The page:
Quiet rural country town.
Berrigan is a traditional and charming small country town surrounded by rich agricultural land known for its rice production, vineyards, maize, grapefruit, potatoes, cherries, tomatoes and dairy cattle. The primary appeal of the town is the way it has been held in aspic. It is a town which still belongs in the 1950s ... a reminder of a simpler way of life.
Berrigan, which is 119 m above sea level, is located 678 km south-west of Sydney via the Hume and Riverina highways and 313 km north of Melbourne via the Hume and Goulburn Valley highways.^ TOP
Origin of Name
The town seems to have been named after the local Berrigan Hotel which was opened in 1888. Two years later a village of the same name was proclaimed.^ TOP
Things to See and Do
Berrigan Heritage Walk
The Berrigan and District Heritage Museum has a full colour Heritage Town Walk which identifies 20 places of interest around the town and provides information about each location. It is an ideal way to learn about the history of the town while enjoying the timeless ambience. It is best to just go for a wander around town, though some highlights are the brick post office on the cnr Carter and Jerilderie Streets; in Chanter Street, the Federal Hotel with its Dutch gables; and, across the road, the arches and gables of Memorial Hall. Also of interest is the lead window at St Aidan's Anglican Church which commemorates the European pioneers in the district.
Berrigan & District Heritage Museum
Located at 60 Jerilderie Street, the Berrigan & District Heritage Museum offers a great historic introduction to the local area with its displays of fire brigade memorabilia (Berrrigan established the first rural fire service in the country); material relating to the Berrigan's military history including guns, medals, uniforms and service records of Berrigan men and women who served in World War II, plus some from World War I. There are also photos and press cuttings of early farming and the coming of irrigation in 1939 via the Mulwala Canal. The museum is open on Wednesdays from 9.00 am - 11.00 am and by appointment. Tel: (03) 5885 2363. For more information check out http://betterinberrigan.com/history.html.
Other Attractions in the Area
Berrigan Government Nature Reserve Tank Paddock
The Berrigan Government Nature Reserve Tank Paddock is a walking trail situated on the eastern side of town which is well signposted and provides information about the indigenous plant species and the fauna in the district.
About halfway along the road from Berrigan to Barooga (Berrigan Road) is 'The Drop', where the Berrigan Road crosses the Mulwala Canal. There is a parking area to the right just after the road crosses the canal. This is part of a large water-flow control system which allows water to divert from Mulwala Canal into Berrigan Channel. It is Australia's first hydroelectric power station on an irrigation canal. The power station has a generating capacity of 2.5 MW of electricity. Check out http://www.toconthemurray.com.au/Products/46/70/The-Drops.html for more information.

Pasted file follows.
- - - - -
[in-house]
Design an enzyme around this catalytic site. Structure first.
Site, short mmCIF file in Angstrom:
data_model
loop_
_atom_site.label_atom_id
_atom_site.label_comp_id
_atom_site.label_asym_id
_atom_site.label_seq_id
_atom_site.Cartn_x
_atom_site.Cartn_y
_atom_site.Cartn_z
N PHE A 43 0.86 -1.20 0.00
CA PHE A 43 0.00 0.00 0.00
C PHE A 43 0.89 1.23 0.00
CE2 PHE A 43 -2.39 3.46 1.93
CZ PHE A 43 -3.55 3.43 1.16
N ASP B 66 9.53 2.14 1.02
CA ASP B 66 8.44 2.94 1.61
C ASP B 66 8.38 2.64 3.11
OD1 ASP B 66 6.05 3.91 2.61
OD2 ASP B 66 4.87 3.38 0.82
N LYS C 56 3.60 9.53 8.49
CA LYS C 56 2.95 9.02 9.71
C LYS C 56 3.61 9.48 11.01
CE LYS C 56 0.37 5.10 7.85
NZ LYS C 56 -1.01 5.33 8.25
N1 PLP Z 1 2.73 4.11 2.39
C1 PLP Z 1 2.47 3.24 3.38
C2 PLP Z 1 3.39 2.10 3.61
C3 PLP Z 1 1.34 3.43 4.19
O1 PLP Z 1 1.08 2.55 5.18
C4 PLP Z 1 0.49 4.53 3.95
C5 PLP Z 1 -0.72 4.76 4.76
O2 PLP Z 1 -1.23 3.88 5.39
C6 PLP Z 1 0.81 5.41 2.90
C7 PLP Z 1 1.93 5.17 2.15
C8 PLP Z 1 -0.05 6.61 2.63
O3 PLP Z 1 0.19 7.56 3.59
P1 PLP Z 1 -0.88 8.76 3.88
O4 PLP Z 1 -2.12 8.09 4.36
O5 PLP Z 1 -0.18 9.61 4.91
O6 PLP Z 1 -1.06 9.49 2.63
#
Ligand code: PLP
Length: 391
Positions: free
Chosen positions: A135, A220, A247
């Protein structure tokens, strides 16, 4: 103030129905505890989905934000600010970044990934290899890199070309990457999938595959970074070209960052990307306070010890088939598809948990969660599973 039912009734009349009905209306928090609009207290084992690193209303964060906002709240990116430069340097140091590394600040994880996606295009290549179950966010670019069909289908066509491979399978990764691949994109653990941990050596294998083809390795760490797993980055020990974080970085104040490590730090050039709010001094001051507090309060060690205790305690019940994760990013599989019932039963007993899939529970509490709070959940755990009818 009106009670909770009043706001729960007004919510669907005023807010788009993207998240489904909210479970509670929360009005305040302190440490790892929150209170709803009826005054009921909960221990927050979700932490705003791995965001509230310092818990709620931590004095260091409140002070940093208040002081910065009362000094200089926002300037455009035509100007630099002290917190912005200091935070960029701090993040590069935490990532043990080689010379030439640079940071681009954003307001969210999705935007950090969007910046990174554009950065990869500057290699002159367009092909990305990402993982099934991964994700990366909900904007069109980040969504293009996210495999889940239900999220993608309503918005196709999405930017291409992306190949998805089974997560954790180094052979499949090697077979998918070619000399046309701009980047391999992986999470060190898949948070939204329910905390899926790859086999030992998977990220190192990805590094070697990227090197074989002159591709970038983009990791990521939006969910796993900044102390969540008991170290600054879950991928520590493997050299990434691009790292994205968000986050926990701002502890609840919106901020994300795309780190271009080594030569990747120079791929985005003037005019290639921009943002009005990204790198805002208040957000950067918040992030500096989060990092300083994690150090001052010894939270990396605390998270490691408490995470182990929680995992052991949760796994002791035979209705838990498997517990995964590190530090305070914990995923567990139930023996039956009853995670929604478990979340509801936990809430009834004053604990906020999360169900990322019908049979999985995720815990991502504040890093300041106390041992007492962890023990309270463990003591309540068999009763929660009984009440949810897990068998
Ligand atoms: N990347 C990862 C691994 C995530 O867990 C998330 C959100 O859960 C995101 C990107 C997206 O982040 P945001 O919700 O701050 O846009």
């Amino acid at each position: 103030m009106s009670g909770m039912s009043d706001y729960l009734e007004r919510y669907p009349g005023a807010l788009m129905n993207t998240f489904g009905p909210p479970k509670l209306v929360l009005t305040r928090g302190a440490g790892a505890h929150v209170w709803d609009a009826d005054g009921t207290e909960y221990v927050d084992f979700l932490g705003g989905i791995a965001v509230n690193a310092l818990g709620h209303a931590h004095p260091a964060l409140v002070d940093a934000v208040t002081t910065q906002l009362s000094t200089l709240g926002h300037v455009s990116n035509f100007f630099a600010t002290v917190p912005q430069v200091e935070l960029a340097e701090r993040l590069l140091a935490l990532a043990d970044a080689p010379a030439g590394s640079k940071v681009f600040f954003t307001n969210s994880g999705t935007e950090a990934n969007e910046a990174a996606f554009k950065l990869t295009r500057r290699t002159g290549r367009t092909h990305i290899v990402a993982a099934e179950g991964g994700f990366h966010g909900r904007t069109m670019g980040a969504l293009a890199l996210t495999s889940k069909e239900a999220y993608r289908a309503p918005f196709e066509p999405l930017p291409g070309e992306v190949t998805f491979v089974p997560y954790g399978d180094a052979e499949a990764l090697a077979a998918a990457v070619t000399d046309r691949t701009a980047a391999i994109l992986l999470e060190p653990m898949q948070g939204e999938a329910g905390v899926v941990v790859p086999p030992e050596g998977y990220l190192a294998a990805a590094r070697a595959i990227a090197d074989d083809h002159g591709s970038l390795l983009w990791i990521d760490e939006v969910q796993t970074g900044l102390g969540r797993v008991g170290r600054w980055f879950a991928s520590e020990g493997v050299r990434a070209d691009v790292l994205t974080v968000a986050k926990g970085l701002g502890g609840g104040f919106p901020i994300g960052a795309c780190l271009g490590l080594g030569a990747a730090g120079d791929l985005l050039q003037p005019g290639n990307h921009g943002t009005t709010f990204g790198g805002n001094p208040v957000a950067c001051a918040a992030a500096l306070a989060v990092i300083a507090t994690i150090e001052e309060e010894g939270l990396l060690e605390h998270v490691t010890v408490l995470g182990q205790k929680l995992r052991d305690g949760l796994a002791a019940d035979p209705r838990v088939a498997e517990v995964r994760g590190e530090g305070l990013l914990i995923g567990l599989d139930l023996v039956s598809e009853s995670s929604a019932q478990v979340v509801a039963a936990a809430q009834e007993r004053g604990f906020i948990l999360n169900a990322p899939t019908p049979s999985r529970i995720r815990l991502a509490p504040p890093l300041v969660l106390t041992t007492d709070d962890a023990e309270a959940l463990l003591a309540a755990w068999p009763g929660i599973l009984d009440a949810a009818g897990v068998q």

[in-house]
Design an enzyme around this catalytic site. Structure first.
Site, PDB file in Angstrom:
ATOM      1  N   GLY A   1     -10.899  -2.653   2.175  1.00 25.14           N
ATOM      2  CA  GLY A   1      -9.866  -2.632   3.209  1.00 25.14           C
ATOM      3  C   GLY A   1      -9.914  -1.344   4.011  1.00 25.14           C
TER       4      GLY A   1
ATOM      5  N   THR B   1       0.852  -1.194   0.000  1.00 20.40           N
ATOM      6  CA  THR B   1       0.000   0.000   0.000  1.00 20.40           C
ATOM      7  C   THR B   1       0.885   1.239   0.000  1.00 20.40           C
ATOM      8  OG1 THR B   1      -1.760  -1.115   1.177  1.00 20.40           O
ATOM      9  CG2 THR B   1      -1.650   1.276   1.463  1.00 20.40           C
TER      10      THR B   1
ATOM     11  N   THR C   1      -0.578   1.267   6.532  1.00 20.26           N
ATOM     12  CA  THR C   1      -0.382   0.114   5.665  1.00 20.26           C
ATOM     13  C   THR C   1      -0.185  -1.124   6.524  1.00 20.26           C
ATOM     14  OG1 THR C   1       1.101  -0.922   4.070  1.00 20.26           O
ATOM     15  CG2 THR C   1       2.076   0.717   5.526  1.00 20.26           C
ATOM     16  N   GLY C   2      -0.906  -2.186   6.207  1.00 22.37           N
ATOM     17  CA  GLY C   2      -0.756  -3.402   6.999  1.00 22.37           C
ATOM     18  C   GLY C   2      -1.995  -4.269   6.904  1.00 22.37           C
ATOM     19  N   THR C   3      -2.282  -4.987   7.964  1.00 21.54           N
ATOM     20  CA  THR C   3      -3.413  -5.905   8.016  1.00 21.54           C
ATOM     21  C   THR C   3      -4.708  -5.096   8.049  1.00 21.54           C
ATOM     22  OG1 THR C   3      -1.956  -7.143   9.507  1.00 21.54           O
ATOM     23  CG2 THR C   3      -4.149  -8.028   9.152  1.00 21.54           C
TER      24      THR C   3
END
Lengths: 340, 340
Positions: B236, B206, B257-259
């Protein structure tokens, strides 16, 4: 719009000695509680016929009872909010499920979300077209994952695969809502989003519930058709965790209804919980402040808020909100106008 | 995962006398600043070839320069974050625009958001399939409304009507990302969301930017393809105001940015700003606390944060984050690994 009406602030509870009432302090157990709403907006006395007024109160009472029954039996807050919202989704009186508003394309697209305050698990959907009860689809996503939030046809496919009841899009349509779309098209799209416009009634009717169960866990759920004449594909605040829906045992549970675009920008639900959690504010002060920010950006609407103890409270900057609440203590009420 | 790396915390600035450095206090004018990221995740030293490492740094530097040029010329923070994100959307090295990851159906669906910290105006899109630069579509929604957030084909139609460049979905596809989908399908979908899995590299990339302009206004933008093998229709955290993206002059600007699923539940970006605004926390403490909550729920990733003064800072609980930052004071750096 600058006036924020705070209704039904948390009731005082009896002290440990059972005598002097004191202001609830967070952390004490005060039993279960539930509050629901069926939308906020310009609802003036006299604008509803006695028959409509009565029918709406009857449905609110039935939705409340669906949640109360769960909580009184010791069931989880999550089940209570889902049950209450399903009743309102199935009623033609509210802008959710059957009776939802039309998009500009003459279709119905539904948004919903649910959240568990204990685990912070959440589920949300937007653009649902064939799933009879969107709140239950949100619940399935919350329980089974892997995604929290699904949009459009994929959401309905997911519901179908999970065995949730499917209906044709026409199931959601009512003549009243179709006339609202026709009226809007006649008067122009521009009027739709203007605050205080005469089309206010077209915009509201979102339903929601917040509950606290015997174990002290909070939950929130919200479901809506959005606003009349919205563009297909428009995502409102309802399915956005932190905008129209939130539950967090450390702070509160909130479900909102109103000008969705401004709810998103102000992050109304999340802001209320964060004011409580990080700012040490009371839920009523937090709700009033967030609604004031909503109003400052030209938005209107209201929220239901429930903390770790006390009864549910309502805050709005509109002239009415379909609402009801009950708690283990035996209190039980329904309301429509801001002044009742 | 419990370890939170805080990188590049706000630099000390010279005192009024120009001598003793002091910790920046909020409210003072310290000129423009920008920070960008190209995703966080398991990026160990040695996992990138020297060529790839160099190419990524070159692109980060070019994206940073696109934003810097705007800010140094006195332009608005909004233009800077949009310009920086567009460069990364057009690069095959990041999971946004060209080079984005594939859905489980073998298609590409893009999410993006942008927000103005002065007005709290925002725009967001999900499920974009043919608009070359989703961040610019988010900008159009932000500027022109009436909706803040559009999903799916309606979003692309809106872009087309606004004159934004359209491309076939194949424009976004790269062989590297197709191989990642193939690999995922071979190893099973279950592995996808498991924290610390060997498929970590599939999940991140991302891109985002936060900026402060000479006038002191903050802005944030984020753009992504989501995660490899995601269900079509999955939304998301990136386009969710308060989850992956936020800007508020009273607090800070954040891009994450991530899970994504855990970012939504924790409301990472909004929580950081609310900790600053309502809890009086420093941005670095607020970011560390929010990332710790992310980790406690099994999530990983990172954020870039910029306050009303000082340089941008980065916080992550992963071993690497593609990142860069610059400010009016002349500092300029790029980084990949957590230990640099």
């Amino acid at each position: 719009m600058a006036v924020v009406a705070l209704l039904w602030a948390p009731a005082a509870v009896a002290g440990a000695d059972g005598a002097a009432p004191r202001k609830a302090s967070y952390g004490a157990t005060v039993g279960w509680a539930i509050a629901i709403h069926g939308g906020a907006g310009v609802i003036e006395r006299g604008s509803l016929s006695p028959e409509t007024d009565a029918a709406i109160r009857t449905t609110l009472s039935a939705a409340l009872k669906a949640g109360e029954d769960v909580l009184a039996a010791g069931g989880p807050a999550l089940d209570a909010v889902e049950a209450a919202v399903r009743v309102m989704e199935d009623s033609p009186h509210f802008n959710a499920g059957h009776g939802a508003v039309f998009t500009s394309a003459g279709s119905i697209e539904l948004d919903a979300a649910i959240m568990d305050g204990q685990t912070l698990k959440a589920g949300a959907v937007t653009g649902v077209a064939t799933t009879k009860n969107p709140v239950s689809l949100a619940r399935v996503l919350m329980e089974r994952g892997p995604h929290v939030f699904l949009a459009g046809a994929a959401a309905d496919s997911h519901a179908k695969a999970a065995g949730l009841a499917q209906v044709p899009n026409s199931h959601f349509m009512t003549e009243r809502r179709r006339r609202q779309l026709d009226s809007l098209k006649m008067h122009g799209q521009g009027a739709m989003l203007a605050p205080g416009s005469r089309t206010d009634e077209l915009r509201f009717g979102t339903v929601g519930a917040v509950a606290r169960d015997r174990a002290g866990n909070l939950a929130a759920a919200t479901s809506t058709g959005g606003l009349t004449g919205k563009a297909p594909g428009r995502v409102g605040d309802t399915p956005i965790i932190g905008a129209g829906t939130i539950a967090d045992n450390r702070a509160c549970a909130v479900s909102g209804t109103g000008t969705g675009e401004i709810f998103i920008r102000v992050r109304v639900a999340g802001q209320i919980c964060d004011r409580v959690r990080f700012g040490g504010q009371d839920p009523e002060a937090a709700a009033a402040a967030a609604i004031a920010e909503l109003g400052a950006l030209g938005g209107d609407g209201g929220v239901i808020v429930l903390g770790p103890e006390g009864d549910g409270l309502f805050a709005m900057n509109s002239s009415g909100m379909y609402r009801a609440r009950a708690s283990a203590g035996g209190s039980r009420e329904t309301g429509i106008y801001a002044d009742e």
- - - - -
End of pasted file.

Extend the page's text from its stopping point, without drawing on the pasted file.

* Prior to the arrival of Europeans the area was home to the Wiradjuri Aboriginal people.
* Europeans settled in the 1870s on land subdivided from the 'Barooga' and 'Boomanooma' stations which stretched from the Murray River up to twhere the township is now located.
* The Berrigan Post Office opened in 1884.
* The township grew up around the Berrigan Hotel which opened in 1888.
* The town was officially proclaimed in 1890.
* In 1893 some of the citizens of Berrigan organised the Corowa Conference on Federation which led to the creation of Australia.
* The railway reached the town in 1896.
* The first Rural Fire Brigade was formed in Berrigan in 1901.
* Berrigan was declared the principal town of the newly declared shire in 1906. The shire included the towns - Tocumwal, Barooga and Finley.
* In 1909 the first meeting of a Parents and Teachers Association in New South Wales was held in the town.
* The population of the town peaked in 1911 with over 1000 people.
* The Mulawa Canal reached the area in 1939.
* The population in the district increased after World War II as a result of the construction of the Berriquin Irrigation Scheme which guaranteed water certainty.
* Mulwala Canal was completed in 1949. It brought water from Lake Mulwala to Berrigan Shire. This led to increased intensive agriculture in the district.^ TOP
Berrigan doesn't have its own Visitor Centre. The Tocumwal Visitor Information Centre, Deniliquin Street, Tocumwal, tel: (03) 5874 2517 can provide information.^ TOP
The town has a useful, official website run by the Berrigan Shire. Check out http://www.berriganshire.nsw.gov.au.^ TOP